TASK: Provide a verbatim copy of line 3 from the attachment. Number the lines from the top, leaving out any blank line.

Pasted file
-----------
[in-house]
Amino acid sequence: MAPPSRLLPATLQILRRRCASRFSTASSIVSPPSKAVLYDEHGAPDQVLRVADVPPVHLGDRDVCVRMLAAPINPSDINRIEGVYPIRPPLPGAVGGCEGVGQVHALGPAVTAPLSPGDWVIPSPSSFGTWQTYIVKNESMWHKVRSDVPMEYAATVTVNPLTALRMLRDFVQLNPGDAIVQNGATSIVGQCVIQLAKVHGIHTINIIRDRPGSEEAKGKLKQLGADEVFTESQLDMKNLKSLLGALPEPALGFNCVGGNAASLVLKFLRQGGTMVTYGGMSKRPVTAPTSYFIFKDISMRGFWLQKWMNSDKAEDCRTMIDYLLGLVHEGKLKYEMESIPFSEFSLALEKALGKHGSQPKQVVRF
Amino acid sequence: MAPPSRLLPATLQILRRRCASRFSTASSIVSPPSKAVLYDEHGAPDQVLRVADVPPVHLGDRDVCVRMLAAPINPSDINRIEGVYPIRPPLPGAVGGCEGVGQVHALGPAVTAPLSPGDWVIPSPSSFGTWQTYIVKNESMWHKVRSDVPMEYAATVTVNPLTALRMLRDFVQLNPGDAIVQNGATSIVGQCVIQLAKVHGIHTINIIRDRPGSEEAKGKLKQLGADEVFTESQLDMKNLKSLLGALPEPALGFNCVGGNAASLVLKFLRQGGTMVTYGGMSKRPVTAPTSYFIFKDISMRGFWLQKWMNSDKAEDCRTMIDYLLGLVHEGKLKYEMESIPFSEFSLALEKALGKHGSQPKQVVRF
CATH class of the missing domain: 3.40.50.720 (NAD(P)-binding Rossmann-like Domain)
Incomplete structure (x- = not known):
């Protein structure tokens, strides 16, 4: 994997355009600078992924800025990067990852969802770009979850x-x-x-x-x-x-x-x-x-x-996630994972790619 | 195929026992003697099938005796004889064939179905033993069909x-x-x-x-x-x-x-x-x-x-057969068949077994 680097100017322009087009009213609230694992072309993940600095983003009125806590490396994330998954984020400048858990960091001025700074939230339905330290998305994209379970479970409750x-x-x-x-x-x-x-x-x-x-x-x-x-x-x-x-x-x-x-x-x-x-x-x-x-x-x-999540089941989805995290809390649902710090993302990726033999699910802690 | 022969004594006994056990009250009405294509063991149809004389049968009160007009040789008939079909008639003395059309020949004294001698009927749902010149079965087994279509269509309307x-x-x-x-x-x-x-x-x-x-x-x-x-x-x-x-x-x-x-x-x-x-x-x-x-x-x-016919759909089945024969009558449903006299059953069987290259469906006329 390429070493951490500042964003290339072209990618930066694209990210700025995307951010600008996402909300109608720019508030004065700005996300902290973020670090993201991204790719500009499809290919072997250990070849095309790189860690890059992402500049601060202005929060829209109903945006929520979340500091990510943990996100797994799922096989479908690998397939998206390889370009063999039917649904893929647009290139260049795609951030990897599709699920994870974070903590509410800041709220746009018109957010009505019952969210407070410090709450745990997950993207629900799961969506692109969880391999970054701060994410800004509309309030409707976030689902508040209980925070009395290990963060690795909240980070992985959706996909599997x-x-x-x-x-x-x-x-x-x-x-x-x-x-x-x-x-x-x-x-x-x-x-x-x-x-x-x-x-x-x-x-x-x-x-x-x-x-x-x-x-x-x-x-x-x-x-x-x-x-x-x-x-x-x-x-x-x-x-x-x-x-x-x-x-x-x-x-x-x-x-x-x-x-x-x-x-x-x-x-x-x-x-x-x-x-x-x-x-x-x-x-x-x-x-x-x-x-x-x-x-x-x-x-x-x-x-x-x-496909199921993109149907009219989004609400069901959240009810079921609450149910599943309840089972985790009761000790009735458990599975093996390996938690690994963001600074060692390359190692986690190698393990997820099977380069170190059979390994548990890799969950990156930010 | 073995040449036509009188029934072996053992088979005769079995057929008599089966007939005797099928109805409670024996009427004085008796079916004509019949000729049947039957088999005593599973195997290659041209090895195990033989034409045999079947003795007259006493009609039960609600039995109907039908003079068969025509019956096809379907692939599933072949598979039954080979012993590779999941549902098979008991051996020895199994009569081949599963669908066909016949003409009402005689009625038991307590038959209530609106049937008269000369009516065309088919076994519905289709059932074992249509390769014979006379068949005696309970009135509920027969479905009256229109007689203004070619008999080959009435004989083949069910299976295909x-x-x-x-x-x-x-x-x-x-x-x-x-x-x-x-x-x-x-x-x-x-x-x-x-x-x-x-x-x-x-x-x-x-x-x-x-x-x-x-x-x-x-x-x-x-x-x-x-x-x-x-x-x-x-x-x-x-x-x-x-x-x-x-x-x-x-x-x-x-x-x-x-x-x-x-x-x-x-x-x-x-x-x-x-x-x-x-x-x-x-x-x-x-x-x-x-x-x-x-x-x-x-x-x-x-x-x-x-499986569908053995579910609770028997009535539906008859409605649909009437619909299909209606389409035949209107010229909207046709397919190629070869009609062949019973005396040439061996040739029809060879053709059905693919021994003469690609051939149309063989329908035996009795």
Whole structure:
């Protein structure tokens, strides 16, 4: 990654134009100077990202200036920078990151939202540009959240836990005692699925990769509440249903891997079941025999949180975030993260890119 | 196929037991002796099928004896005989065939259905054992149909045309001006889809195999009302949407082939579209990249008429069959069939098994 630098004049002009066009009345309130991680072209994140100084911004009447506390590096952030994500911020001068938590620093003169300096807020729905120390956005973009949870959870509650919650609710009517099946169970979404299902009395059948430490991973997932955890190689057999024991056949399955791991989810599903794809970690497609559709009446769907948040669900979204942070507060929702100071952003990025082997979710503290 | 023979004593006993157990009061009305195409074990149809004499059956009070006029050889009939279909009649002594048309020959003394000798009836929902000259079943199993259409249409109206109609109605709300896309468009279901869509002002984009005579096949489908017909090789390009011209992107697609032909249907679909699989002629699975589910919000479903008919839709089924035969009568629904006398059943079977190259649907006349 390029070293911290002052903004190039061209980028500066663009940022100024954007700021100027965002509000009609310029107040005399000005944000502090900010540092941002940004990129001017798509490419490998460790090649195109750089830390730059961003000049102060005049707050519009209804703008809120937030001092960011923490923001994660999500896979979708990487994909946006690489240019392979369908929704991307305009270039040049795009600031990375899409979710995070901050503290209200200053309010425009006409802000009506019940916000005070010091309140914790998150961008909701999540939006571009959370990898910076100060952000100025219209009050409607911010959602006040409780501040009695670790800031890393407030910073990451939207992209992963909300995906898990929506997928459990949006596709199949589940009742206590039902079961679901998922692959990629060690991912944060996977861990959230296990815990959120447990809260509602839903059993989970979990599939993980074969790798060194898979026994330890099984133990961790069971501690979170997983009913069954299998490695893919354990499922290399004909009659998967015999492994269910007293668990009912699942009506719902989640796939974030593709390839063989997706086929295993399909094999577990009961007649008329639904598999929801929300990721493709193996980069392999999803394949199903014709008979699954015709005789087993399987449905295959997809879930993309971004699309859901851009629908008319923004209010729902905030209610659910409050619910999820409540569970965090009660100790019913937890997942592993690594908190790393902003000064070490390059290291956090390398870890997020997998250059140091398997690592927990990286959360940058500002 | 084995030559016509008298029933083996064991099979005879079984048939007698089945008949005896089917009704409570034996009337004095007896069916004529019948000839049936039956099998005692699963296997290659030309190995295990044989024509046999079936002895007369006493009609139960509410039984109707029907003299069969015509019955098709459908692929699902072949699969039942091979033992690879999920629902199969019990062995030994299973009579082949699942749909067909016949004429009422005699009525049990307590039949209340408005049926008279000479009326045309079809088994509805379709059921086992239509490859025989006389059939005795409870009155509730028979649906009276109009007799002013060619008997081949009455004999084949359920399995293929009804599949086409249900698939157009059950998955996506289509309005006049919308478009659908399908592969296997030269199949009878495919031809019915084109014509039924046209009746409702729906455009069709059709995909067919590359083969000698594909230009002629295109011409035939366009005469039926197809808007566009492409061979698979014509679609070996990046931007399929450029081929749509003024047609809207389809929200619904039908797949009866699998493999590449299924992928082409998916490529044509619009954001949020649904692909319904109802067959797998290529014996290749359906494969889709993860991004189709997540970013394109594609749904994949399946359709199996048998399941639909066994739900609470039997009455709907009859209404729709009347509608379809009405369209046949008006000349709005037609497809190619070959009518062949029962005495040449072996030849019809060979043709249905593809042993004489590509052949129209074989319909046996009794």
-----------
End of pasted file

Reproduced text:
Amino acid sequence: MAPPSRLLPATLQILRRRCASRFSTASSIVSPPSKAVLYDEHGAPDQVLRVADVPPVHLGDRDVCVRMLAAPINPSDINRIEGVYPIRPPLPGAVGGCEGVGQVHALGPAVTAPLSPGDWVIPSPSSFGTWQTYIVKNESMWHKVRSDVPMEYAATVTVNPLTALRMLRDFVQLNPGDAIVQNGATSIVGQCVIQLAKVHGIHTINIIRDRPGSEEAKGKLKQLGADEVFTESQLDMKNLKSLLGALPEPALGFNCVGGNAASLVLKFLRQGGTMVTYGGMSKRPVTAPTSYFIFKDISMRGFWLQKWMNSDKAEDCRTMIDYLLGLVHEGKLKYEMESIPFSEFSLALEKALGKHGSQPKQVVRF